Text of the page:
The hardware that will launch the first-ever all-private astronaut mission to the International Space Station has made its way to the pad.
On Tuesday (April 5), SpaceX rolled the Falcon 9 rocket and Dragon capsule that will fly the Ax-1 mission out to Launch Pad 39A at NASA's Kennedy Space Center (KSC) in Florida. SpaceX posted photos of the rollout on Twitter (opens in new tab).
Ax-1, which was organized by Houston company Axiom Space, is scheduled to lift off on Friday (April 8). It will send three paying customers and Axiom employee Michael López-Alegría, a former NASA astronaut who's commanding the mission, to the orbiting lab for an eight-day stay.
Private citizens have visited the station before, but they've always flown alongside government astronauts — specifically, employees of Roscosmos, Russia's federal space agency. Ax-1 will therefore blaze a new trail.
The coming mission isn't the first all-private crewed trip to Earth orbit, however. That distinction belongs to Inspiration4, a SpaceX flight purchased and commanded by tech entrepreneur Jared Isaacman. He and three other people circled our planet for nearly three days last September aboard a Dragon capsule, but they didn't meet up with the space station.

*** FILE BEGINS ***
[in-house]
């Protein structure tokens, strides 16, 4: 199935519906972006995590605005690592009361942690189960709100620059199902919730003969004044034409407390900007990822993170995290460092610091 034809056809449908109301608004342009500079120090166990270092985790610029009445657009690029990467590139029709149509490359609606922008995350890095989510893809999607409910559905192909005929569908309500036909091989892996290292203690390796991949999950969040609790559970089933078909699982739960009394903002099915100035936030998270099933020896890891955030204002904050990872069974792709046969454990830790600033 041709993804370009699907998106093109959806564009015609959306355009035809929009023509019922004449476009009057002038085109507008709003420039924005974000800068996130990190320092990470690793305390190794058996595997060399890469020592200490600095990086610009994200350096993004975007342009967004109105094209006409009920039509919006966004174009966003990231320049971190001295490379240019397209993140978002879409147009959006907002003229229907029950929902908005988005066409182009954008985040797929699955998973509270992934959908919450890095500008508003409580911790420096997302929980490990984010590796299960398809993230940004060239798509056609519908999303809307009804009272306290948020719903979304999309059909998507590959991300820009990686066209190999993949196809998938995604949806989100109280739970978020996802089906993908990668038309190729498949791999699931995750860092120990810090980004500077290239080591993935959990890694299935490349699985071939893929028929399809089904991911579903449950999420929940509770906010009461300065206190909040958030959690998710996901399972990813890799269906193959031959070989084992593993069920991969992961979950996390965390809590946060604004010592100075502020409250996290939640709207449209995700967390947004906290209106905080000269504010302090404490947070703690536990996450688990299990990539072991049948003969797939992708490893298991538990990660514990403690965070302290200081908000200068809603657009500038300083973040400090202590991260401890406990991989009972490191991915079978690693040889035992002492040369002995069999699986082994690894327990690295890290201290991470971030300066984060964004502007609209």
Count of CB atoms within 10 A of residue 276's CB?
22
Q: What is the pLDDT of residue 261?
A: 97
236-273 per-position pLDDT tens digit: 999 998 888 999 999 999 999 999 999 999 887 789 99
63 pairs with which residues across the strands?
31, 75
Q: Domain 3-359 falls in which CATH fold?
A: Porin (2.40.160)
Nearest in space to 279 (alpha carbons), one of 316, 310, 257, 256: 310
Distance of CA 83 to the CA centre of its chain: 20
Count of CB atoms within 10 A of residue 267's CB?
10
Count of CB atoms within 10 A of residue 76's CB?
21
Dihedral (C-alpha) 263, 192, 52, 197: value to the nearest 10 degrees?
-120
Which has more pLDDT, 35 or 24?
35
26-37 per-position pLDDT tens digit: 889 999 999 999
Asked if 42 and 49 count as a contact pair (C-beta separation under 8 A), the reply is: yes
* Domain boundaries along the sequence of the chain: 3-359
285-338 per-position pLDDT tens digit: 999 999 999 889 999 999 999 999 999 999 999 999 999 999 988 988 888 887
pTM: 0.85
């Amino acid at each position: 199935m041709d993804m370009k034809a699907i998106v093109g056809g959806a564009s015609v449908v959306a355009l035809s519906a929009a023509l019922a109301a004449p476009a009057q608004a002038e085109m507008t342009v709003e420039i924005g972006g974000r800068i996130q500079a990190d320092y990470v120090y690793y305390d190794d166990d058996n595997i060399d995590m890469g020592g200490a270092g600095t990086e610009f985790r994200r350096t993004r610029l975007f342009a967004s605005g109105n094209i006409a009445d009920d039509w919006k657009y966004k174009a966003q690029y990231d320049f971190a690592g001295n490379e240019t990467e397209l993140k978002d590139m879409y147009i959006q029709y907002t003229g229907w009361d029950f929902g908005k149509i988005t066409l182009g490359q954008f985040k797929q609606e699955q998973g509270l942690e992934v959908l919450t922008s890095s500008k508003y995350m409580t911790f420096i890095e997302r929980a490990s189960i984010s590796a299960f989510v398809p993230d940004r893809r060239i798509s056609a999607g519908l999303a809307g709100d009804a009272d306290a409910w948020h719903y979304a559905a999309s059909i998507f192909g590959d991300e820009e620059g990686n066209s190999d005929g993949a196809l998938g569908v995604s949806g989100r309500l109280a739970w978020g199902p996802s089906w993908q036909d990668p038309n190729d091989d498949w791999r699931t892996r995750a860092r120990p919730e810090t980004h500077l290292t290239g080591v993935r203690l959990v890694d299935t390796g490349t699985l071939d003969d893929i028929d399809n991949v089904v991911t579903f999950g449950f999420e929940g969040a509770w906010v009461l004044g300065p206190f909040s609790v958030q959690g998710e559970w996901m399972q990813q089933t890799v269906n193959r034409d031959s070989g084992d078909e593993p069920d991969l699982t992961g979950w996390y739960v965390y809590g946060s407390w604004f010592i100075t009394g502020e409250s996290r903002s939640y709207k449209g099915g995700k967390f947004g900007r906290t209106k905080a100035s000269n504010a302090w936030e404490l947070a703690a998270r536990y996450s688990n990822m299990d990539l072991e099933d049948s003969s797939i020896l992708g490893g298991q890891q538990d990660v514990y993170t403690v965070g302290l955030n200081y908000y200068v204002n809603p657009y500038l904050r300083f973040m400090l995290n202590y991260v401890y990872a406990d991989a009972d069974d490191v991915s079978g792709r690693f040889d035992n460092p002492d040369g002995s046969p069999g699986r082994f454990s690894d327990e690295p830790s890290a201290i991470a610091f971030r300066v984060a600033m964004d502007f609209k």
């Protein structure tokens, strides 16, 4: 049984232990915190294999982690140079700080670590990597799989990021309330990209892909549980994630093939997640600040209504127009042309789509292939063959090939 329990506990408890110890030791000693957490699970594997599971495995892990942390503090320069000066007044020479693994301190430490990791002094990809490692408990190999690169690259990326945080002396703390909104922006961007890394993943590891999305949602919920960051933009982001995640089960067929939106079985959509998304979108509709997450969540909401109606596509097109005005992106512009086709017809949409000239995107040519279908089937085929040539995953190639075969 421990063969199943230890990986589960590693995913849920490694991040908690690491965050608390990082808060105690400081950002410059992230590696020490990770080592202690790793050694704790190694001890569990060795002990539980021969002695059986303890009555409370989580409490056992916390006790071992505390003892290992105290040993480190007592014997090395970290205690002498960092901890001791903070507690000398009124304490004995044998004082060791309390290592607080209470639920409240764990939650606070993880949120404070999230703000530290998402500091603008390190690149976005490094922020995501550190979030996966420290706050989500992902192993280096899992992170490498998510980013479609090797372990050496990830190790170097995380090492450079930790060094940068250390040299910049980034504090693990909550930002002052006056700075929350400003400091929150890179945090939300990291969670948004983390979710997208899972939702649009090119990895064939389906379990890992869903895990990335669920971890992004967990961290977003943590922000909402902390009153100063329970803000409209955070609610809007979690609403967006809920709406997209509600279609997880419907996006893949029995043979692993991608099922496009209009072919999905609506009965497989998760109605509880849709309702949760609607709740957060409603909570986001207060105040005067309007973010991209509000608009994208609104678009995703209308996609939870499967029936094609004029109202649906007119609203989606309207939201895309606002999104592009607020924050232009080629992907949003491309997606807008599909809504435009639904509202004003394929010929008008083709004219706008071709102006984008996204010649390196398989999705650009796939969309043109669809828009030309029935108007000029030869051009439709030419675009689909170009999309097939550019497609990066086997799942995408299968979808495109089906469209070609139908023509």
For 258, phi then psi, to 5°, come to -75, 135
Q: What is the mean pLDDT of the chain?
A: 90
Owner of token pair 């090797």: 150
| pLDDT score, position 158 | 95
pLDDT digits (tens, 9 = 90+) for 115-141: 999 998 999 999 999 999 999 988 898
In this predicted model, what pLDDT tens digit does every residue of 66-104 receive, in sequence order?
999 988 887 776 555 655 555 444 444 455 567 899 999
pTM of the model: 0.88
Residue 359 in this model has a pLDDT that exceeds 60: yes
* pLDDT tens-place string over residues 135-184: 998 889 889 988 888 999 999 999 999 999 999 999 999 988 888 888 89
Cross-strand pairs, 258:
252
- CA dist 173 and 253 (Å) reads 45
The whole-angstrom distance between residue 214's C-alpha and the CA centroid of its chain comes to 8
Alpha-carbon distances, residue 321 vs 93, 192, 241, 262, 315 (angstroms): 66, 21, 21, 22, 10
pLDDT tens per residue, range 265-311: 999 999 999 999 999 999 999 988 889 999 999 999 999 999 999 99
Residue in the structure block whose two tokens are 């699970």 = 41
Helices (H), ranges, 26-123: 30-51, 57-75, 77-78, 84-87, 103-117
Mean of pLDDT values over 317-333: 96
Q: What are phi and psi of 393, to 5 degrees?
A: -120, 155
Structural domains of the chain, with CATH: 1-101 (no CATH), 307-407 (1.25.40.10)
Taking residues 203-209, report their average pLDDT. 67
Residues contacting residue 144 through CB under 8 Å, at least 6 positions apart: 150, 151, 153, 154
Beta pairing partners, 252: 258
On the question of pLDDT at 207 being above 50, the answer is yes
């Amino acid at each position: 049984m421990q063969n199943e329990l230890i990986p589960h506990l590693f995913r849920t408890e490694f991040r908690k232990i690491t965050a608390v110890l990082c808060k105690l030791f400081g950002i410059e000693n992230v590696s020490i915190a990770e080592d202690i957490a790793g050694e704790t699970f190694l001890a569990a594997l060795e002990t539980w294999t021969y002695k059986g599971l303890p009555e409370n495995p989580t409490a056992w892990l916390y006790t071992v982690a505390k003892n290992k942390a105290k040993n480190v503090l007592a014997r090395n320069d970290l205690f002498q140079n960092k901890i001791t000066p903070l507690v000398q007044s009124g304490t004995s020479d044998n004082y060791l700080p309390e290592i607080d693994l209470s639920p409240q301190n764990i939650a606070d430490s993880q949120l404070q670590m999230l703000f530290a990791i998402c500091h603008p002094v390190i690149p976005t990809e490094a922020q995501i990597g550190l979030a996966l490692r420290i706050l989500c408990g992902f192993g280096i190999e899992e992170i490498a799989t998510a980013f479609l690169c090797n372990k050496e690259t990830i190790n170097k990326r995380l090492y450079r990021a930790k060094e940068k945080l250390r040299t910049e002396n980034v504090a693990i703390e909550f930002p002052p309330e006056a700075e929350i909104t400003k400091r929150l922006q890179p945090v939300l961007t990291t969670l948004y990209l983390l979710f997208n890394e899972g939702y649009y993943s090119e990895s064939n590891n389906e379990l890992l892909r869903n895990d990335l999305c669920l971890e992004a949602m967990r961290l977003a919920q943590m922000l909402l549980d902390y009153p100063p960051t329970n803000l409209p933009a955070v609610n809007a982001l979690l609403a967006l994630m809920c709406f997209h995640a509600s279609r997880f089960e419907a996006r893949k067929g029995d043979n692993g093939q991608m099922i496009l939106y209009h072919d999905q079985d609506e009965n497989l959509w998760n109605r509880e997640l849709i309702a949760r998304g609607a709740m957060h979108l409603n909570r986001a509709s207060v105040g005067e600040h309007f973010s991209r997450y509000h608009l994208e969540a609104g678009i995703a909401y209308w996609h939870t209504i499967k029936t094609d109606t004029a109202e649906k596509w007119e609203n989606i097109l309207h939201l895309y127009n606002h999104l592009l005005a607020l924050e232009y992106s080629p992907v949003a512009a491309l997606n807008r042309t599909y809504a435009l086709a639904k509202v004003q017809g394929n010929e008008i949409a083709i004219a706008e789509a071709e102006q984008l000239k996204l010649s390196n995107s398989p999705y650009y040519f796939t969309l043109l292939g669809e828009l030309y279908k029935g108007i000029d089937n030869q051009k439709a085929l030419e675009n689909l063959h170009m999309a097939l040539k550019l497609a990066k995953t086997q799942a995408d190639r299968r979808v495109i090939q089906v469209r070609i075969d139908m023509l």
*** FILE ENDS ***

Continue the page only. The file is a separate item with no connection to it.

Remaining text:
Ax-1's launch had been targeted for Sunday (April 3), but it was pushed back to accommodate the "wet dress rehearsal" of NASA's Artemis 1 moon mission, which was held that same weekend at KSC's Pad 39B.
The Artemis 1 test didn't wrap up on Sunday as planned, however; it was delayed and then halted by technical issues and will resume sometime after Ax-1 gets off the ground.
SpaceX has another crewed Dragon mission coming up this month as well — Crew-4, which will send three NASA astronauts and one European spaceflyer to the space station for a lengthy stay. Crew-4 is currently scheduled to launch from Pad 39A on April 20.
Mike Wall is the author of "Out There (opens in new tab)" (Grand Central Publishing, 2018; illustrated by Karl Tate), a book about the search for alien life. Follow him on Twitter @michaeldwall (opens in new tab). Follow us on Twitter @Spacedotcom (opens in new tab) or on Facebook (opens in new tab).